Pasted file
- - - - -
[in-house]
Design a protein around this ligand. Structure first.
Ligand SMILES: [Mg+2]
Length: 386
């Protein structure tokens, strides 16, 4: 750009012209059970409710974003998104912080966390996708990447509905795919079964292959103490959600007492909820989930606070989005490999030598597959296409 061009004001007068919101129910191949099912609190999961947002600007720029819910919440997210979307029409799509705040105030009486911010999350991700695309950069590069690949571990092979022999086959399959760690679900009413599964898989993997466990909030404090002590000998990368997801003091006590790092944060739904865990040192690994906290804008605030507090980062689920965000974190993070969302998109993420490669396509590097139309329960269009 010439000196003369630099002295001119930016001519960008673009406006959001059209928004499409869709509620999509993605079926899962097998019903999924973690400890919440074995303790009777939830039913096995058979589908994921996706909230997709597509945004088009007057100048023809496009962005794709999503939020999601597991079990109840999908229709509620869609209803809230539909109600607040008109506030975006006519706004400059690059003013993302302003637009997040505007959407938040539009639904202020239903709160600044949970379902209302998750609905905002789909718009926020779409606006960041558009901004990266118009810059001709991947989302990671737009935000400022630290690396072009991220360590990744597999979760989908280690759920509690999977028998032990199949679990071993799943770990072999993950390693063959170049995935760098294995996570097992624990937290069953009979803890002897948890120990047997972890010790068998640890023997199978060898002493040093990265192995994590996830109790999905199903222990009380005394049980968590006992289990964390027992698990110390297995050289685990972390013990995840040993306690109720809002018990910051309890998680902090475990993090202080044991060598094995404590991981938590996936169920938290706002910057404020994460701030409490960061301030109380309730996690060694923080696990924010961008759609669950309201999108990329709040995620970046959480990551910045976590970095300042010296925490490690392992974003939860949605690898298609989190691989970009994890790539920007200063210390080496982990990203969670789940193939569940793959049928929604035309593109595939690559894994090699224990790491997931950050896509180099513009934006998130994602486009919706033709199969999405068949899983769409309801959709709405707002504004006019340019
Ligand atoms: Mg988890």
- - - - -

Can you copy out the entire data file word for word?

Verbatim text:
[in-house]
Design a protein around this ligand. Structure first.
Ligand SMILES: [Mg+2]
Length: 386
């Protein structure tokens, strides 16, 4: 750009012209059970409710974003998104912080966390996708990447509905795919079964292959103490959600007492909820989930606070989005490999030598597959296409 061009004001007068919101129910191949099912609190999961947002600007720029819910919440997210979307029409799509705040105030009486911010999350991700695309950069590069690949571990092979022999086959399959760690679900009413599964898989993997466990909030404090002590000998990368997801003091006590790092944060739904865990040192690994906290804008605030507090980062689920965000974190993070969302998109993420490669396509590097139309329960269009 010439000196003369630099002295001119930016001519960008673009406006959001059209928004499409869709509620999509993605079926899962097998019903999924973690400890919440074995303790009777939830039913096995058979589908994921996706909230997709597509945004088009007057100048023809496009962005794709999503939020999601597991079990109840999908229709509620869609209803809230539909109600607040008109506030975006006519706004400059690059003013993302302003637009997040505007959407938040539009639904202020239903709160600044949970379902209302998750609905905002789909718009926020779409606006960041558009901004990266118009810059001709991947989302990671737009935000400022630290690396072009991220360590990744597999979760989908280690759920509690999977028998032990199949679990071993799943770990072999993950390693063959170049995935760098294995996570097992624990937290069953009979803890002897948890120990047997972890010790068998640890023997199978060898002493040093990265192995994590996830109790999905199903222990009380005394049980968590006992289990964390027992698990110390297995050289685990972390013990995840040993306690109720809002018990910051309890998680902090475990993090202080044991060598094995404590991981938590996936169920938290706002910057404020994460701030409490960061301030109380309730996690060694923080696990924010961008759609669950309201999108990329709040995620970046959480990551910045976590970095300042010296925490490690392992974003939860949605690898298609989190691989970009994890790539920007200063210390080496982990990203969670789940193939569940793959049928929604035309593109595939690559894994090699224990790491997931950050896509180099513009934006998130994602486009919706033709199969999405068949899983769409309801959709709405707002504004006019340019
Ligand atoms: Mg988890």